By Jay Roberson
An evening with Latinx Faculty and Staff was held at Daly’s Dining Hall in the Mercer room on Sept. 29 for students and faculty who wished to hear the unique perspectives of staff who identify as Latinx.
Seven Rider staff members sat at a round table in front of the room and awaited to answer questions from the moderator and the audience. As each faculty member answered different questions, they made it clear that they were a resource for all Latinx students at Rider University.
Finding community and support
English Professor Vincent Toro, one of the Latinx staff members who participated in the Q&A session, spoke with The Rider News on the importance of events like this on campus.
“It’s important that Latinx students understand that there are resources on campus for them. So to me, faculty and administrators, knowing that they have access to not only those faculties, but some of the programs and clubs, I think that that’s crucial for the survival of a lot of Latinx students,” Toro said.
Throughout the event, the staff emphasized the fact that they were once Latinx students going through college too; they know that students are handling a great deal of pressure and their ethnicity may be one of those pressures. It is not easy for all students at Rider to transition into a predominately white institution as a person of color.
When asked about the event, Angélica Benitez, who is director of TRIO Programs, spoke about the importance of visibility on Rider’s campus as more diverse students enroll.
“Because Rider is now becoming or has become a lot more diverse in terms of the population, it is important that the populations see themselves in the administration and in the faculty, you know, for role modeling,” said Benitez.
Benitez also talked about her experience as a Rider student when there were even less people of color on campus and the isolation she experienced because of this. She highlighted the importance of Latinx staff members talking about their experiences when they were a student and showing Latinx students that there is a community at Rider for them.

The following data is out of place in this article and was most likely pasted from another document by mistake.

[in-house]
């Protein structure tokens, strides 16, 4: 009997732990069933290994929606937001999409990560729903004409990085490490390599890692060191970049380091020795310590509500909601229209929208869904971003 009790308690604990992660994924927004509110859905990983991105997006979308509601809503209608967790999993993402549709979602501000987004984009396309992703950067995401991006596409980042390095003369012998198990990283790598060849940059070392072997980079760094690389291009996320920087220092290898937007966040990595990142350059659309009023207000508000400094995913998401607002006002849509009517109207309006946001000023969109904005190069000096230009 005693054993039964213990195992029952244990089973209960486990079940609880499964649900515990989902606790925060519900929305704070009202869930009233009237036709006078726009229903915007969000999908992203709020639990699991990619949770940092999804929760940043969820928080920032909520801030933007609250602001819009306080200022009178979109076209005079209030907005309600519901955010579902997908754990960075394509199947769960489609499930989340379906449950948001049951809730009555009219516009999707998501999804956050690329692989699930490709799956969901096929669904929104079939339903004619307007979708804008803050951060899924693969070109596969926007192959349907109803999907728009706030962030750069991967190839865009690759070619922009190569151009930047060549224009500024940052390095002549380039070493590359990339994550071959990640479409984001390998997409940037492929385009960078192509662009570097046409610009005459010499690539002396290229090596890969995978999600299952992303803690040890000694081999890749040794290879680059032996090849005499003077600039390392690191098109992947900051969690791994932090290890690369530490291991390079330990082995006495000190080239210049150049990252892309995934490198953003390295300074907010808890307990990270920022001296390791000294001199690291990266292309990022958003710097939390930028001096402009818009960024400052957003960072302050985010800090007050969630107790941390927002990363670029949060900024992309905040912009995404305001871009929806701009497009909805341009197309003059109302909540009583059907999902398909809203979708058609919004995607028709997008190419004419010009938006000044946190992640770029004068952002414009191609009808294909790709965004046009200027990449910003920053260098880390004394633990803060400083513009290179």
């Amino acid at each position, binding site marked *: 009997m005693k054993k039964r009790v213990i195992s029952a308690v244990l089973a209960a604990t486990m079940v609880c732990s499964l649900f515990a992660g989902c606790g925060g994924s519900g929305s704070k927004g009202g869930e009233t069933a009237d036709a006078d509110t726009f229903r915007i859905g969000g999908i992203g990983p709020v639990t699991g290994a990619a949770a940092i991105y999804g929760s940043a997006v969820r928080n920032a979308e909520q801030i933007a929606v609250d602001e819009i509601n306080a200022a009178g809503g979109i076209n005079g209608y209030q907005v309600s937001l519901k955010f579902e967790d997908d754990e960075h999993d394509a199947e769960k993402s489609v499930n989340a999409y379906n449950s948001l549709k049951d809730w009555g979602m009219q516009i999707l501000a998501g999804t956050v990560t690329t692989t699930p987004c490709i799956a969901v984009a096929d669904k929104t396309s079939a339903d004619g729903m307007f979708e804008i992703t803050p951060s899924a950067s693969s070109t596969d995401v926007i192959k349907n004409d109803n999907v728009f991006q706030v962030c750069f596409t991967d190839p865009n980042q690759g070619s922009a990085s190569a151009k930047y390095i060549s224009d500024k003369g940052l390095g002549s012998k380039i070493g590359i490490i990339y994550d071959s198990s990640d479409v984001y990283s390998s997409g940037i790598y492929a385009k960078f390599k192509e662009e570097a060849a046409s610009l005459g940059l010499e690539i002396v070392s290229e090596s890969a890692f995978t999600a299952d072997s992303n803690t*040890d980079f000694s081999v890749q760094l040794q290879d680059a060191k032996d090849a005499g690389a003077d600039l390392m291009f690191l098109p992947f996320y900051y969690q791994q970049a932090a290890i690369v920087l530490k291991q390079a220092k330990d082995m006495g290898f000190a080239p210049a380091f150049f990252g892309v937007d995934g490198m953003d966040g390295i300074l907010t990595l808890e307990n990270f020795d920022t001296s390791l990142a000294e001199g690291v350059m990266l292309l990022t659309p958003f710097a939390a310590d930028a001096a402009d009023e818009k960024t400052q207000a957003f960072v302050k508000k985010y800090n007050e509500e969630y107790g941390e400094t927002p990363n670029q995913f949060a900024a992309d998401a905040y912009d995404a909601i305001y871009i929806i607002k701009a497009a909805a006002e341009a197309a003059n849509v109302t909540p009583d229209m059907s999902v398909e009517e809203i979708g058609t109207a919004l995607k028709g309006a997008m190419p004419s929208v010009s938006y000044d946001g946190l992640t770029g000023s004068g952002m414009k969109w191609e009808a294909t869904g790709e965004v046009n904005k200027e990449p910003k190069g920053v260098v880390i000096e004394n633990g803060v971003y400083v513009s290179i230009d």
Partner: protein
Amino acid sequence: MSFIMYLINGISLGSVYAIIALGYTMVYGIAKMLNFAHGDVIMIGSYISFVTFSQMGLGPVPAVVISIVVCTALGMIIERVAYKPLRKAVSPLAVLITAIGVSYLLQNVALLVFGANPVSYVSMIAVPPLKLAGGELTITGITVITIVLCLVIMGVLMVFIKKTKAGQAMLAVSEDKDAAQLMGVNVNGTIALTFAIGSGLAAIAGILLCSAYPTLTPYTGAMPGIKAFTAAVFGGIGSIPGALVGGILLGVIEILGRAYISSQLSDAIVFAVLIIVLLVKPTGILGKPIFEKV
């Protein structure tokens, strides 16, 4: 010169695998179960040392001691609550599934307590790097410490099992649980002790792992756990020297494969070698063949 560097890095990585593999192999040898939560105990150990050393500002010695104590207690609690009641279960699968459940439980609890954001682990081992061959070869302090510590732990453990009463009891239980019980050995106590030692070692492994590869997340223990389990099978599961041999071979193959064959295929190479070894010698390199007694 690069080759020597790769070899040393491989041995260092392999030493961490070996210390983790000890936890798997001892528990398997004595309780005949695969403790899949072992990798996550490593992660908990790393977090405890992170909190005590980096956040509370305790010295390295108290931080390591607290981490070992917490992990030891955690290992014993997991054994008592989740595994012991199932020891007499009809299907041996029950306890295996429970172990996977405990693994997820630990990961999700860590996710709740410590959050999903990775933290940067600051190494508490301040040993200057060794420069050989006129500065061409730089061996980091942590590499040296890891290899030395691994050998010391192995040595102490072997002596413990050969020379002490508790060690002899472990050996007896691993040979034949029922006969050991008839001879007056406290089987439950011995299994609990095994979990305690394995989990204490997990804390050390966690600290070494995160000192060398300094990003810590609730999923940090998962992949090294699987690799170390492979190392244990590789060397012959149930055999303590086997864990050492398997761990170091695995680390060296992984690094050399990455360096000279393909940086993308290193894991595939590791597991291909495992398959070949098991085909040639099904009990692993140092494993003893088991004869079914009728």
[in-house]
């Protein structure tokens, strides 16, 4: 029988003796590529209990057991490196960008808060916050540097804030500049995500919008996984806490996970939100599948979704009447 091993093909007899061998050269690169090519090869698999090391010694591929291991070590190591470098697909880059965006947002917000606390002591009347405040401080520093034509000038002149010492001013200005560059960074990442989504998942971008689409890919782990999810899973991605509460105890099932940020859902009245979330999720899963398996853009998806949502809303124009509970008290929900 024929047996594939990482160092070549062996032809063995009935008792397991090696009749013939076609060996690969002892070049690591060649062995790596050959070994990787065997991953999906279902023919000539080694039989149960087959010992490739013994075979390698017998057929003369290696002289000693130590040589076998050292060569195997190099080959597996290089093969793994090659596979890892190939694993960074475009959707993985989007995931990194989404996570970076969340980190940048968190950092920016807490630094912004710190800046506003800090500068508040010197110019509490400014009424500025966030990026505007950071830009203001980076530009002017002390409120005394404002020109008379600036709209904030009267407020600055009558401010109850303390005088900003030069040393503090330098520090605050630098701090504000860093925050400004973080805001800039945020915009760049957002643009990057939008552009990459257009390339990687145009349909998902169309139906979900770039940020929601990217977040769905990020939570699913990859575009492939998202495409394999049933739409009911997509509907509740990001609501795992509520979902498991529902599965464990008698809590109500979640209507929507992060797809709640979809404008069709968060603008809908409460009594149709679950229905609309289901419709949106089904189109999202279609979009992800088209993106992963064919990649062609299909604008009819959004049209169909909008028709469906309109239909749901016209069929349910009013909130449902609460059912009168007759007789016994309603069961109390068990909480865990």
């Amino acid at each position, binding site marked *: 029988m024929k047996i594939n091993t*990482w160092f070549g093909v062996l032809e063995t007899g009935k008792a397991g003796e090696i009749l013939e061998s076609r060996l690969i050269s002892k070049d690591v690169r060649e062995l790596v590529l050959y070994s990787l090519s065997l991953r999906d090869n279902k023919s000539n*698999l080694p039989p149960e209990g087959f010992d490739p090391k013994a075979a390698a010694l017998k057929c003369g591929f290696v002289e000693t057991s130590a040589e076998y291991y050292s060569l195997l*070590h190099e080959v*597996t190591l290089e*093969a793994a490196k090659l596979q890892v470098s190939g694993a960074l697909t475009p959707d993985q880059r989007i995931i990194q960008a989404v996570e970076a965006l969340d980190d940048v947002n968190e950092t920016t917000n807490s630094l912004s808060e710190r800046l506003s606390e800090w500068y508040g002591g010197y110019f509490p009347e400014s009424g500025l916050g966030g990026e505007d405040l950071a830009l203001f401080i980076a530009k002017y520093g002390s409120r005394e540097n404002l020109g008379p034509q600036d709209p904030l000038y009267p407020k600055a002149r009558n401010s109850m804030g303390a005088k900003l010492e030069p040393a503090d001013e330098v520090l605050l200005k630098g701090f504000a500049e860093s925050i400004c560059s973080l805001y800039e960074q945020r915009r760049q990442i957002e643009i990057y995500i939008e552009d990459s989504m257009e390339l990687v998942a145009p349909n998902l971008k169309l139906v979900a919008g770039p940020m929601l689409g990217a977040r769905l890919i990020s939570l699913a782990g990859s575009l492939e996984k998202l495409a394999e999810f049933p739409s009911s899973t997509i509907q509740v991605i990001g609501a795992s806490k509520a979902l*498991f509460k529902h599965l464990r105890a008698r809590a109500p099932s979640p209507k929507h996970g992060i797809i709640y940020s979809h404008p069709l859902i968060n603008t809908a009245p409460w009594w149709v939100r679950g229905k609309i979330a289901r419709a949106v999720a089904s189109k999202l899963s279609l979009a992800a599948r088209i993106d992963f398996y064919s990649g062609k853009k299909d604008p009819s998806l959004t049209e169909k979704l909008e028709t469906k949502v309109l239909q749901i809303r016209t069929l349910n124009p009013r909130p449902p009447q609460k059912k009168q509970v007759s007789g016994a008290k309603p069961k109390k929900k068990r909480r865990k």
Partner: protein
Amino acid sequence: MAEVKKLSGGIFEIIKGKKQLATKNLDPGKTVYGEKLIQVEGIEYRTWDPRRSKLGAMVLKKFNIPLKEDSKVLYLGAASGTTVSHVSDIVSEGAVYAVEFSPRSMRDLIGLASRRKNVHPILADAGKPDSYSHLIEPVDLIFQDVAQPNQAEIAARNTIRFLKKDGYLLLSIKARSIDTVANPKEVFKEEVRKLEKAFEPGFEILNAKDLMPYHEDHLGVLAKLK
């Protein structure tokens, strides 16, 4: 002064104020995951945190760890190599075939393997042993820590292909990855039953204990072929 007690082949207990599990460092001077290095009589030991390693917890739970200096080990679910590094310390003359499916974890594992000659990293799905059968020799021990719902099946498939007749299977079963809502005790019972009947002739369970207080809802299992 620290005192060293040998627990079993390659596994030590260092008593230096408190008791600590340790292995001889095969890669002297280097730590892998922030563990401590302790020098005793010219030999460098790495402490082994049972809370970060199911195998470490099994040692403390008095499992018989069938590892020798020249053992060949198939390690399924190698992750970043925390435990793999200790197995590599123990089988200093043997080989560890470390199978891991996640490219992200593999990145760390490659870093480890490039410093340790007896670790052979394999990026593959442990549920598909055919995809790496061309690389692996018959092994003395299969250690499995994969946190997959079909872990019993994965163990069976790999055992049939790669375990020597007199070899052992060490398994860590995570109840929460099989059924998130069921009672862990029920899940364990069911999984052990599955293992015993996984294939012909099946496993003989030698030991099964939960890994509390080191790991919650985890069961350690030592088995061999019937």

“I hoped to instill my experiences into the other students that may have identified as first gen or come from an under-resourced environment, things of that nature. If my message could speak to someone in the room, I hope that it would strengthen their experience at Rider,” Benitez stated.
The organizer of the event, Language, Literature and Culture professor Cynthia Martinez talked about the importance of Latinx students getting to know who they can confide in on campus.
“This kind of idea came from things we were hearing from students, things that they wanted to see, more opportunities they wanted to see. So I heard from a lot of students, we don’t even know who the Latinx faculty and staff are, we don’t even know where y’all are on campus,” Martinez said.
Underrepresentation in staff members
Rider has been making steady improvements in diversity and inclusion, but some of the staff members stated that they need to do better.
“I’ve seen support from colleagues, from students. That’s really refreshing and I really appreciate that. I will say that in terms of faculty and staff, considering that the student population of the school, country and state is well over 20% of Latinx, that we still do need to see not only Latinx, we need to see more Black and Brown faculty on campus that will add to the sense of belonging,” Toro said. Over 20% of Rider’s student population is Latinx, but only 5% of staff and faculty members are Latinx according to Christina Peterson, assistant provost for institutional research.
It is important that students are able to see themselves in both staff and administration. “I would love to see more of us here. More of us coming together, more of doing stuff like this for students. And in the meantime, you know, I think it’s a big job that falls on the shoulders of not very many of us,” Martinez stated.
An event like An Evening with Latinx Faculty and Staff is vital to Rider because of the low number of Latinx staff to connect with students. Martinez organized this event to ensure that every Rider student feels seen. “If any student saw one of us for the first time, or maybe saw themselves in one of our stories or anything like that. That’s what I wanted out of this event.”